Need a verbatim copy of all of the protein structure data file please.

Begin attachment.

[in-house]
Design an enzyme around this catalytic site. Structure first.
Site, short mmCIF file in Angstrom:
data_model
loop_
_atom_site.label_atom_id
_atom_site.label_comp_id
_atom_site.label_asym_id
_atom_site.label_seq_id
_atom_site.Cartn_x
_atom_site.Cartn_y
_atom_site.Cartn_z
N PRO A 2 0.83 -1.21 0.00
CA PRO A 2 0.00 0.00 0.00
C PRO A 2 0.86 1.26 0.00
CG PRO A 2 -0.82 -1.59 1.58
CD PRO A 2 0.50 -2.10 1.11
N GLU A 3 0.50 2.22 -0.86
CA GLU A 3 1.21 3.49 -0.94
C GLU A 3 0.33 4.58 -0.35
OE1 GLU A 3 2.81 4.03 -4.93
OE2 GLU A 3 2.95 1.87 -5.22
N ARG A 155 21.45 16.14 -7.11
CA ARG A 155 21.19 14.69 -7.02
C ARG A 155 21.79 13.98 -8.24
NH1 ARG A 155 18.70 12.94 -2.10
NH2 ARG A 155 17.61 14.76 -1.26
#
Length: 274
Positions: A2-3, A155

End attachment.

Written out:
[in-house]
Design an enzyme around this catalytic site. Structure first.
Site, short mmCIF file in Angstrom:
data_model
loop_
_atom_site.label_atom_id
_atom_site.label_comp_id
_atom_site.label_asym_id
_atom_site.label_seq_id
_atom_site.Cartn_x
_atom_site.Cartn_y
_atom_site.Cartn_z
N PRO A 2 0.83 -1.21 0.00
CA PRO A 2 0.00 0.00 0.00
C PRO A 2 0.86 1.26 0.00
CG PRO A 2 -0.82 -1.59 1.58
CD PRO A 2 0.50 -2.10 1.11
N GLU A 3 0.50 2.22 -0.86
CA GLU A 3 1.21 3.49 -0.94
C GLU A 3 0.33 4.58 -0.35
OE1 GLU A 3 2.81 4.03 -4.93
OE2 GLU A 3 2.95 1.87 -5.22
N ARG A 155 21.45 16.14 -7.11
CA ARG A 155 21.19 14.69 -7.02
C ARG A 155 21.79 13.98 -8.24
NH1 ARG A 155 18.70 12.94 -2.10
NH2 ARG A 155 17.61 14.76 -1.26
#
Length: 274
Positions: A2-3, A155